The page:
The semester is over, my poetry workshop has concluded. Last week, I edited my final portfolio and emailed it to my professor and now I await his comments. I’ve spent the past five months immersed in poetry, wrangling thoughts into coherent blocks of verse, then wrestling words onto the page.
It’s been a productive semester: I’ve finished four reasonable poems that may evolve into good poems after revision. One poem will probably never leave the dark recesses of my desk drawer because no amount of revision will make it interesting to anyone but me. But the others have promise, so I will set them aside for now and return later when I’ve had time to mull them over.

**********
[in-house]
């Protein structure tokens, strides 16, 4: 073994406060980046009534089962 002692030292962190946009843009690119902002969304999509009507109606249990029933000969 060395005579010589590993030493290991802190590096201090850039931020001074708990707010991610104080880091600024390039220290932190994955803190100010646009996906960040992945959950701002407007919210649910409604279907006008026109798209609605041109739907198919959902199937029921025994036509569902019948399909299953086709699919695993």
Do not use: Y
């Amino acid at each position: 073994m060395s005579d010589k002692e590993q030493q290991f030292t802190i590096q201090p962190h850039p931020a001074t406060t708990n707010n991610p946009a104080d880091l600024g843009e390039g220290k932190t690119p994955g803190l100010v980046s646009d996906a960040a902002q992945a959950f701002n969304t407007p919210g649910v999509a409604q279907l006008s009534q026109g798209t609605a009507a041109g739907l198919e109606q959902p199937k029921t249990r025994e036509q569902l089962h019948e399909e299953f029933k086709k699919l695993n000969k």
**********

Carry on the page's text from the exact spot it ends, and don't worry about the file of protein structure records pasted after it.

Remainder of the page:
T. S. Eliot wrote April is the cruelest month, but my April proved to be quite kind. As the semester wound down, I submitted two of my workshop poems, along with two earlier poems, to the university’s creative writing competition. Much to my amazement and delight, I received the spring poetry prize for my work. Even more exciting, Route 7 Review, the literary journal of Dixie State University, published Milk Money and Velvet in its latest issue. These are moments to remember when the next wave of rejection emails hits my in-box.
I need to carve out time to write and read more now that school has ended. Without the structure of classes, I tend to procrastinate and dither, so I am attempting to arrange my time into an orderly scheduled existence. I’ll let you know how that works out–but first, I think I’ll take a nap in the hammock.